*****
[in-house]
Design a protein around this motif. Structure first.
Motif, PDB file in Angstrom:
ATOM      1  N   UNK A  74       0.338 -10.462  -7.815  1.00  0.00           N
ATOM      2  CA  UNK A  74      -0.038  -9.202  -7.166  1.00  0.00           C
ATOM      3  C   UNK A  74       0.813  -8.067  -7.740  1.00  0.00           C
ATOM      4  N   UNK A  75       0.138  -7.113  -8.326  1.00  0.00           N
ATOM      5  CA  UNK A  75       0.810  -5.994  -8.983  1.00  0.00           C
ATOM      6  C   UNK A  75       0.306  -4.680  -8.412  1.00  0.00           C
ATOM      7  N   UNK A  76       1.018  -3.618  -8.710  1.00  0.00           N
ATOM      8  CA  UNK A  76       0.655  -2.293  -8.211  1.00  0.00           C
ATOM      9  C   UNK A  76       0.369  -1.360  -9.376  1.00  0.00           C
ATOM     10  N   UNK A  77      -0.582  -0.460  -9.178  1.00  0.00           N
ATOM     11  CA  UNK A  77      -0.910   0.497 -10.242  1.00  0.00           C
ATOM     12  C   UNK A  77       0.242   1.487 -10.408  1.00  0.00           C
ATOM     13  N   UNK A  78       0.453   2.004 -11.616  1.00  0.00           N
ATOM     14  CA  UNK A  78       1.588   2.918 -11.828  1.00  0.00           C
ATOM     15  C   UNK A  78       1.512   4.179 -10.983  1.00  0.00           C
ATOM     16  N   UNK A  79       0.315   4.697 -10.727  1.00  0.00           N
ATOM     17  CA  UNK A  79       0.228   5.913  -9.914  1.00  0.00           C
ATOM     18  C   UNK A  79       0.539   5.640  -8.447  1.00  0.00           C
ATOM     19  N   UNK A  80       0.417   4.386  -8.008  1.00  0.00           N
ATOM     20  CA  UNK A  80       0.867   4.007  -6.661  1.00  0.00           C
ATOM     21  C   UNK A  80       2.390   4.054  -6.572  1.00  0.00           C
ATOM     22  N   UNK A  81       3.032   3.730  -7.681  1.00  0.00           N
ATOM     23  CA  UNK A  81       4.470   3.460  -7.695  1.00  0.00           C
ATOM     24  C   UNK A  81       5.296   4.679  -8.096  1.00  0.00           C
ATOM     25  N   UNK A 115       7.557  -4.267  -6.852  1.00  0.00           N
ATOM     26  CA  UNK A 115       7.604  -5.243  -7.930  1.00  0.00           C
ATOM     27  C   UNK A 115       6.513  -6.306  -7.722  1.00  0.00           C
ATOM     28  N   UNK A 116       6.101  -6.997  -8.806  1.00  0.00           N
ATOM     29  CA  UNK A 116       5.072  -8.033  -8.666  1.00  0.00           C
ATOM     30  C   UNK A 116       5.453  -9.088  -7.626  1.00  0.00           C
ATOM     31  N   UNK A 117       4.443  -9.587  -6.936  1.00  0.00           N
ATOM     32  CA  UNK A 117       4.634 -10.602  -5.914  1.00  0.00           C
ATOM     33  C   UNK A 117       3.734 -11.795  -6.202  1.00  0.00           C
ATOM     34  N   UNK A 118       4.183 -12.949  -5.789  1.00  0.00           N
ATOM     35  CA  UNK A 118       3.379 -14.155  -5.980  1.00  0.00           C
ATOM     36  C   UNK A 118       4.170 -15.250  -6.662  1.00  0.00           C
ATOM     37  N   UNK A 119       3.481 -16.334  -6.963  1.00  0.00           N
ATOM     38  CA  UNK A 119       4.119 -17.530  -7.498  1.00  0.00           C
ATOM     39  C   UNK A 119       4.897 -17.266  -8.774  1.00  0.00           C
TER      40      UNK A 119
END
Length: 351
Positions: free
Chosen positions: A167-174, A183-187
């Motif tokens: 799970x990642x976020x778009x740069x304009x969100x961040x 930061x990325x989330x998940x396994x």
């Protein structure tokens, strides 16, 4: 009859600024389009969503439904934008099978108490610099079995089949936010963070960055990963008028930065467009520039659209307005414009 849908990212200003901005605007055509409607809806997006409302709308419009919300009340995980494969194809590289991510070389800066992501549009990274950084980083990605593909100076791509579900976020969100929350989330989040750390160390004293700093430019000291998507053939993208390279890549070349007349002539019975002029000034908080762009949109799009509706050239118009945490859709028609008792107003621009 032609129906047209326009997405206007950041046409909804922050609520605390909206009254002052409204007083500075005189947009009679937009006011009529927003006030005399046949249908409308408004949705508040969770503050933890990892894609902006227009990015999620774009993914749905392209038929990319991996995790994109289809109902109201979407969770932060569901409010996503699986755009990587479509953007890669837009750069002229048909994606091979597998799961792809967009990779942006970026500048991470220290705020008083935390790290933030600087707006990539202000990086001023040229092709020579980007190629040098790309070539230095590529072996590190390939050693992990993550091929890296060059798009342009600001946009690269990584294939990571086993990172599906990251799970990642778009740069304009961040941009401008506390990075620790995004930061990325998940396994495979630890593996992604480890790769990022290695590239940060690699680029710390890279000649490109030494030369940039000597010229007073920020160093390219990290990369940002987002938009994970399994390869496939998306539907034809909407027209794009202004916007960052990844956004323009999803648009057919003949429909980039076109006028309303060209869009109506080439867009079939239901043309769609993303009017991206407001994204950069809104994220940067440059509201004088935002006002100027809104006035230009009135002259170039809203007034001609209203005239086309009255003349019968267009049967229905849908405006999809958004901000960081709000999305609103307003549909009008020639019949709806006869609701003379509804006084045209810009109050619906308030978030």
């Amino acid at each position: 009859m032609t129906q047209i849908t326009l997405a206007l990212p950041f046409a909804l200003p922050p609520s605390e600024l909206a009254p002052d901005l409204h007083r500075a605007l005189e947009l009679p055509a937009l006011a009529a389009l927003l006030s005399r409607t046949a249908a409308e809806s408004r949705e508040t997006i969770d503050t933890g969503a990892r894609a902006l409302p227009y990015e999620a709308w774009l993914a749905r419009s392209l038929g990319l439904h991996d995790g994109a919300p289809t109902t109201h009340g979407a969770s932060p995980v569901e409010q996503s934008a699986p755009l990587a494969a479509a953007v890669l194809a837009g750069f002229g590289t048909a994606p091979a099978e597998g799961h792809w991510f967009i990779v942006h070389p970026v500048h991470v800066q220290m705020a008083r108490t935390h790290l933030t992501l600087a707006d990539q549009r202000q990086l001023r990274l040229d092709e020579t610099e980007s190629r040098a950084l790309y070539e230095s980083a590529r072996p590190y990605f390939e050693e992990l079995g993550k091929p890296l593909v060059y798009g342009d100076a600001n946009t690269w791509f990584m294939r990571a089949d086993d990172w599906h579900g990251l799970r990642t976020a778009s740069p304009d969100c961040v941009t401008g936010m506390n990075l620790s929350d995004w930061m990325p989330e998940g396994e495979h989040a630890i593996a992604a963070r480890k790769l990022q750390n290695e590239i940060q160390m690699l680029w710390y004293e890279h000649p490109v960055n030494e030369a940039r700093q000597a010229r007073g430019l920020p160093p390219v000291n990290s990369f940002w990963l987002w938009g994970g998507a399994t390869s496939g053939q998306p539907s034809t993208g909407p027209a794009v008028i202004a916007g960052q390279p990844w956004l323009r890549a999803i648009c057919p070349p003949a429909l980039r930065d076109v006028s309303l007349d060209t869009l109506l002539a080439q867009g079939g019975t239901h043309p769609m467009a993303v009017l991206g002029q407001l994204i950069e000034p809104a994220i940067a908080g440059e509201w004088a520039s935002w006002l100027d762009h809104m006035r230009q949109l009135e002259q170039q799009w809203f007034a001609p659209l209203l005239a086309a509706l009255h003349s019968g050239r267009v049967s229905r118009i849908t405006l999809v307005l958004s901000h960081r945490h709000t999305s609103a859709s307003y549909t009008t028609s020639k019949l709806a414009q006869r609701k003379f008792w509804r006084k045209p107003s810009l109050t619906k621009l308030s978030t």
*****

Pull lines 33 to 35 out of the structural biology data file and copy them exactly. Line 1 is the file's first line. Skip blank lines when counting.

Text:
ATOM     30  C   UNK A 116       5.453  -9.088  -7.626  1.00  0.00           C
ATOM     31  N   UNK A 117       4.443  -9.587  -6.936  1.00  0.00           N
ATOM     32  CA  UNK A 117       4.634 -10.602  -5.914  1.00  0.00           C